John Perry did two things on his 75th birthday. First he visited his wife's grave. Then he joined the army.
The good news is that humanity finally made it into interstellar space. The bad news is that planets fit to live on are scarce-and aliens willing to fight for them are common. The universe, it turns out, is a hostile place.
So: we fight. To defend Earth (a target for our new enemies, should we let them get close enough) and to stake our own claim to planetary real estate. Far from Earth, the war has gone on for decades: brutal, bloody, unyielding.
Earth itself is a backwater. The bulk of humanity's resources are in the hands of the Colonial Defense Force, which shields the home planet from too much knowledge of the situation. What's known to everybody is that when you reach retirement age, you can join the CDF. They don't want young people; they want people who carry the knowledge and skills of decades of living. You'll be taken off Earth and never allowed to return. You'll serve your time at the front. And if you survive, you'll be given a generous homestead stake of your own, on one of our hard-won colony planets.
John Perry is taking that deal. He has only the vaguest idea what to expect. Because the actual fight, light-years from home, is far, far harder than he can imagine-and what he will become is far stranger.
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Though a lot of SF writers are more or less efficiently continuing the tradition of Robert A. Heinlein, Scalzi's astonishingly proficient first novel reads like an original work by the late grand master. Seventy-five-year-old John Perry joins the Colonial Defense Force because he has nothing to keep him on Earth. Suddenly installed in a better-than-new young body, he begins developing loyalty toward his comrades in arms as they battle aliens for habitable planets in a crowded galaxy. As bloody combat experiences pile up, Perry begins wondering whether the slaughter is justified; in short, is being a warrior really a good thing, let alone being human? The definition of "human" keeps expanding as Perry is pushed through a series of mind-stretching revelations. The story obviously resembles such novels as Starship Trooper and Time Enough for Love, but Scalzi is not just recycling classic Heinlein. He's working out new twists, variations that startle even as they satisfy. The novel's tone is right on target, too sentimentality balanced by hardheaded calculation, know-it-all smugness moderated by innocent wonder. This virtuoso debut pays tribute to SF's past while showing that well-worn tropes still can have real zip when they're approached with ingenuity. Forecasts:Blurbs from Cory Doctorow, Robert Charles Wilson and Ken MacLeod will help ensure this gets more than the usual attention for first novels.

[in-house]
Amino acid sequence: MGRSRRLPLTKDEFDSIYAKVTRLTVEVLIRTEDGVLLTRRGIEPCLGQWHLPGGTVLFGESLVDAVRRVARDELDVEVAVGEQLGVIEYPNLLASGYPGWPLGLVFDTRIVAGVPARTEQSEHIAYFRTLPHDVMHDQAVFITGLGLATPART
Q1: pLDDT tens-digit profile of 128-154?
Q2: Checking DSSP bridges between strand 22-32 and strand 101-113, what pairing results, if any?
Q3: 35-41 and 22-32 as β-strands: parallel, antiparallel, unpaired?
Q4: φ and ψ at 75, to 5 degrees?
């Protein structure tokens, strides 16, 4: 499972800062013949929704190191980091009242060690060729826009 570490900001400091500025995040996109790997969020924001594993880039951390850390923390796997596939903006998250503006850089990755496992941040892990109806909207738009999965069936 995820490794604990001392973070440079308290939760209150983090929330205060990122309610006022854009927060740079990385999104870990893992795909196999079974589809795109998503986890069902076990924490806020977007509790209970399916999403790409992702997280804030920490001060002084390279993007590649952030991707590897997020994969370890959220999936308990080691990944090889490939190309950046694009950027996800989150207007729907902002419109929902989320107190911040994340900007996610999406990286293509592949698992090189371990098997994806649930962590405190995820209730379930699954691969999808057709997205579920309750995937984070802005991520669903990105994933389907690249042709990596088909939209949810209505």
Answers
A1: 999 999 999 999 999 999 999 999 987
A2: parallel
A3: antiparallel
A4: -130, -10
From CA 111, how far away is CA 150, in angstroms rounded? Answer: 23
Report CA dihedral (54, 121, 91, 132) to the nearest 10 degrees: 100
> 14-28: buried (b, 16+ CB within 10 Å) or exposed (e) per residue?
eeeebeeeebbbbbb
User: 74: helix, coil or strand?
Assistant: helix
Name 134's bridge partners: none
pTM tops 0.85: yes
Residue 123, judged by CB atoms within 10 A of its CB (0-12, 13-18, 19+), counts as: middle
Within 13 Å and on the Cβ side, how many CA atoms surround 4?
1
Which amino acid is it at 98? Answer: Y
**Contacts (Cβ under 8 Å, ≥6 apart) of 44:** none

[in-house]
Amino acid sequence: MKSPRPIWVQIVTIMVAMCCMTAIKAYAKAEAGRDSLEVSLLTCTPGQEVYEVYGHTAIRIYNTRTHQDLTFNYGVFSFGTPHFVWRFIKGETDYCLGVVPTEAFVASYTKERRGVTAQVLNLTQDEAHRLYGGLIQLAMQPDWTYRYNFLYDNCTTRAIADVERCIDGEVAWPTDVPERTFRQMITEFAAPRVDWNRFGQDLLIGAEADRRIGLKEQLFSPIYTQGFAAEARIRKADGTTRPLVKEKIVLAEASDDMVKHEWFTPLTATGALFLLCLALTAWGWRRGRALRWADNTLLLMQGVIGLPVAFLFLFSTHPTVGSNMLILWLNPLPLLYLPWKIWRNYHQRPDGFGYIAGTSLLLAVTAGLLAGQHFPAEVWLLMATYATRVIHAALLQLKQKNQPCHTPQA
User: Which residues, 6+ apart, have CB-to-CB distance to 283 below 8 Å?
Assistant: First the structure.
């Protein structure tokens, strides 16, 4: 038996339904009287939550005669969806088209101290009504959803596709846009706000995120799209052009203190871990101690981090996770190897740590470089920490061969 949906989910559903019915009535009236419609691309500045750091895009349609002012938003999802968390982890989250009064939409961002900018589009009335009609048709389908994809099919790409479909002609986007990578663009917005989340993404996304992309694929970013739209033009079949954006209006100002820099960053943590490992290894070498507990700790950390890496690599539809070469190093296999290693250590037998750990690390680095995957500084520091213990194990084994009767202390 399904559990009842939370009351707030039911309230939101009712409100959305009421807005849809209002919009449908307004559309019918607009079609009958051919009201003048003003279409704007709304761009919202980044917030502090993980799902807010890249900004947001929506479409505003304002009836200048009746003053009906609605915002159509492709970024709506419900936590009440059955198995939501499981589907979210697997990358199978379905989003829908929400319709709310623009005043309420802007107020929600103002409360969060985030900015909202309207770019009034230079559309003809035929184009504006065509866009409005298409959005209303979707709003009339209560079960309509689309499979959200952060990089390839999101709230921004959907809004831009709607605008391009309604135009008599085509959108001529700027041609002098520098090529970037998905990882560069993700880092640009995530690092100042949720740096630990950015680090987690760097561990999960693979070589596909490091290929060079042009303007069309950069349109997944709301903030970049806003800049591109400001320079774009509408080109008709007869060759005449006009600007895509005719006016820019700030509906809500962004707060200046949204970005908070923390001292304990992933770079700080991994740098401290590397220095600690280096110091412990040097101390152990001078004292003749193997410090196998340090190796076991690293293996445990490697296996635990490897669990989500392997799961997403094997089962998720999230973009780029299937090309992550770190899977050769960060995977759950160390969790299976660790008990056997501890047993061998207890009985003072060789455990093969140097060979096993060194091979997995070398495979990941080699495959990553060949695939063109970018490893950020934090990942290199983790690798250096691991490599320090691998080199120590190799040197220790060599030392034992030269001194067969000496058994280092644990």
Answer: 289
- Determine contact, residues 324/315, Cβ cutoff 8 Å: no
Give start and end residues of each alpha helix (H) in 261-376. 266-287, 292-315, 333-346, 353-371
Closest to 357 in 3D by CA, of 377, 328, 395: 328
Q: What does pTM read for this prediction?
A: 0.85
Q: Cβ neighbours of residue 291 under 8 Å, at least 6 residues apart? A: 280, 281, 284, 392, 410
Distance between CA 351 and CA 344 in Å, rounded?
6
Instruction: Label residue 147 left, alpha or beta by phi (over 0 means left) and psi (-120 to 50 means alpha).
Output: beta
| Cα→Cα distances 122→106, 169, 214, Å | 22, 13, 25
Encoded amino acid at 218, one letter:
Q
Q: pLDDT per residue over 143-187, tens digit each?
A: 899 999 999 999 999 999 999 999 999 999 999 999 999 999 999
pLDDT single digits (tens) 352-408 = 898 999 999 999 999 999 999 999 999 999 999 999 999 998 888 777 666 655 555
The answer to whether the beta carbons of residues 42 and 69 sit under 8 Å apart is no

Customer ReviewsSee All
Sci Fyi That you’ve got to read.
Old Man’s War is the best book I’ve read in a very long time. From the the first chapter I was drawn into the story and I didn’t put the book down until I was finished.
This book is fast paced, action packed with humor and emotional content. If you consider yourself a reader, than it is imperative to read this book immediately.
Great read, confusing explanations
I liked it, but I was a little confused by the explanations of some of physical aspects of this universe, but perhaps I just don't have the math for it.
Want to be young again after you “retire”?
The idea of “join the army, see the world” isn’t new. Even the sf addition of “meet interesting things and kill them” isn’t new. But the journey to get there and try and understand how humanity got there and where it is going is fresh and more nuanced than the golden age writers.